The Neo-Nazis of Mongolia: Swastikas Against China

Mitch Moxley, Time, July 27, 2009

In the Mongolian capital Ulan Bator, “Shoot the Chinese” is spray-painted on a brick wall near a movie theater. A pair of swastikas and the words “Killer Boys . . . ! Danger!” can be read on a fence in an outlying neighborhood of yurt dwellings. Graffiti like this, which can be found all over the city, is the work of Mongolia’s neo-Nazis, an admittedly implausible but often intimidating, and occasionally violent, movement.

Ulan Bator is home to three ultra-nationalist groups claiming a combined membership of several thousand–a not insignificant number in a country of just 3 million people. They have adopted Nazi paraphernalia and dogma, and are vehemently anti-Chinese. One group, Blue Mongolia, has admitted to shaving the heads of local women found sleeping with Chinese men. Its leader was convicted last year of murdering his daughter’s Mongolian boyfriend, who had merely studied in China. {snip}

The neo-Nazis may be on society’s fringe, but they represent the extreme of a very real current of nationalism. {snip}

Fifty-year-old Zagas Erdenebileg is the leader of Dayar Mongol (All Mongolia), the most prominent of the neo-Nazi groups. “If our blood mixes with foreigners’, we’ll be destroyed immediately,” says Erdenebileg, who has run unsuccessfully for parliament four times. {snip}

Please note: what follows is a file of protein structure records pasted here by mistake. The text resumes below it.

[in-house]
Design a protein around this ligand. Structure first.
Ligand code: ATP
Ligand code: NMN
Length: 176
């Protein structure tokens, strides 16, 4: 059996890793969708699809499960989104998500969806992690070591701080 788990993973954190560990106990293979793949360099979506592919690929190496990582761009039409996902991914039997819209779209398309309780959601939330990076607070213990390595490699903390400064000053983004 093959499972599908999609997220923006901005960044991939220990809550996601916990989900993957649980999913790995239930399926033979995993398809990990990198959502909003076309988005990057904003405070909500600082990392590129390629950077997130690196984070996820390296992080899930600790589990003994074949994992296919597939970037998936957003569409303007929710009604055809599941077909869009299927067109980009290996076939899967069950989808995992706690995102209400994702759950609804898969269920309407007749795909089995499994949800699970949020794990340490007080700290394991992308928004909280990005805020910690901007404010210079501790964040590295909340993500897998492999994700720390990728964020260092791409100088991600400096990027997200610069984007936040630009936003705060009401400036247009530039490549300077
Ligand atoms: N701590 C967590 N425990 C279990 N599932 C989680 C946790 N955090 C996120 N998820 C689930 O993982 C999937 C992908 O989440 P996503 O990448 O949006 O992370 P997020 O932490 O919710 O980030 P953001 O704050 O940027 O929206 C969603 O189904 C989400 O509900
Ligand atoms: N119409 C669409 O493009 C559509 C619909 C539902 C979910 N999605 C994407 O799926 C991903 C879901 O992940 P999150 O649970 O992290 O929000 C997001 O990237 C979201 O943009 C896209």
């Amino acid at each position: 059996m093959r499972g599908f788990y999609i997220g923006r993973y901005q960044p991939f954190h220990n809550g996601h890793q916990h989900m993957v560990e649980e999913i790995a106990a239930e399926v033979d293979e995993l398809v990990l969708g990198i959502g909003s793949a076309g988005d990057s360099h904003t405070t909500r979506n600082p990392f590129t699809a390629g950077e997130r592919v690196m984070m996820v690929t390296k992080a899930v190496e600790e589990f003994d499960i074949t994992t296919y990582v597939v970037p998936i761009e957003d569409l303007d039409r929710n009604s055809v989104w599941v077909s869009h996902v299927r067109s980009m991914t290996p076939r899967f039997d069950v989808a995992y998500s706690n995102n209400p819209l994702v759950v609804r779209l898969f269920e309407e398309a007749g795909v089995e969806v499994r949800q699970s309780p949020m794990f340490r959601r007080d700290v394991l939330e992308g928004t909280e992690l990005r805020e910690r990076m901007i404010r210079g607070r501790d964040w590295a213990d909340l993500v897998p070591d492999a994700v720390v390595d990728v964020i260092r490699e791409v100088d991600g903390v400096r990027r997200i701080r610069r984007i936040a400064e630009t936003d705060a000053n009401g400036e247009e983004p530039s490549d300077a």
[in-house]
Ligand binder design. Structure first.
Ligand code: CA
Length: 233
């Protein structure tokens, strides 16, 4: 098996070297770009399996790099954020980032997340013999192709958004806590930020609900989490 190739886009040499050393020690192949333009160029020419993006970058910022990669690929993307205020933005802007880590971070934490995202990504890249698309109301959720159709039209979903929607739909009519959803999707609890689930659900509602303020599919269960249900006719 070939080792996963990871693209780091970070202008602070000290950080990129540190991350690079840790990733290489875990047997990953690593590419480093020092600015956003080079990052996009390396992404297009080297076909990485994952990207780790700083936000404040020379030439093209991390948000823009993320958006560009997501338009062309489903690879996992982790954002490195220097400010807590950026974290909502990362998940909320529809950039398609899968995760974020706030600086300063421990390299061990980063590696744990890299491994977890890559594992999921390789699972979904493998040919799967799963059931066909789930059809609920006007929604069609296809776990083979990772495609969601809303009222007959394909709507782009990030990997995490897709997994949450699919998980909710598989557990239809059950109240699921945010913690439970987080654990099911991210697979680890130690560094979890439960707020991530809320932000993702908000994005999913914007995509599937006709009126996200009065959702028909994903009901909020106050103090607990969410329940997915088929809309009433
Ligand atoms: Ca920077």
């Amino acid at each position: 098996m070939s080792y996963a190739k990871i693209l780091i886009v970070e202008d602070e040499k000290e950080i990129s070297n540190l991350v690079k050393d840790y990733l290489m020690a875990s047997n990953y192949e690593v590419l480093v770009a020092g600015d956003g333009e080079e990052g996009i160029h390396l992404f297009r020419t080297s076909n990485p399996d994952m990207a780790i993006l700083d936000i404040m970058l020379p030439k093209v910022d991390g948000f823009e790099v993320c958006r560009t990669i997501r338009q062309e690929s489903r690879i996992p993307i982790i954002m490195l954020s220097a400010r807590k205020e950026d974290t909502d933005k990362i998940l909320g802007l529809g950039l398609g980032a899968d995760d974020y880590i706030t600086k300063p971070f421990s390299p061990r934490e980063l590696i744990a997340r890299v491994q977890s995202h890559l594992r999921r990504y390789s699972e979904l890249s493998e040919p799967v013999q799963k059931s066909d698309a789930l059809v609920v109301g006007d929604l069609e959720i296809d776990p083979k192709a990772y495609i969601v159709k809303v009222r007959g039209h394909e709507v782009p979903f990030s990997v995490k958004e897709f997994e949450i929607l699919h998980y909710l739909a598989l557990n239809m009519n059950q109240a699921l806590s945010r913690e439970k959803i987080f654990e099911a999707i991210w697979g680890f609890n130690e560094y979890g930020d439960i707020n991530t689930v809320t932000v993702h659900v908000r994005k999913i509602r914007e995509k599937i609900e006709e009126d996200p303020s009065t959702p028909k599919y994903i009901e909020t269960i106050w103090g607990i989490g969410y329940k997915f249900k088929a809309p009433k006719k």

If Erdenebileg is the elder statesman of Mongolia’s neo-Nazis, Shari Mungun-Erdene, the 23-year-old leader of the roughly 200-strong Mongolian National Union (MNU), is the new kid on the block and sports a swastika tattoo on his chest. The MNU takes vigilante action against law-breaking outsiders, Mungun-Erdene says, mainly Chinese. When I ask what kind of action, he replies, “Whatever it takes so that they don’t live here. {snip}

Dagva Enkhtsetseg, program manager for the Open Society Forum, an Ulan Bator–based organization that promotes public participation in civic life, points out that the neo-Nazis don’t enjoy broad support. A graduate in Mongolian nationalism, she argues that hard-line nationalism’s allure is subsiding as more young Mongolians are exposed to globalization or study abroad. {snip}

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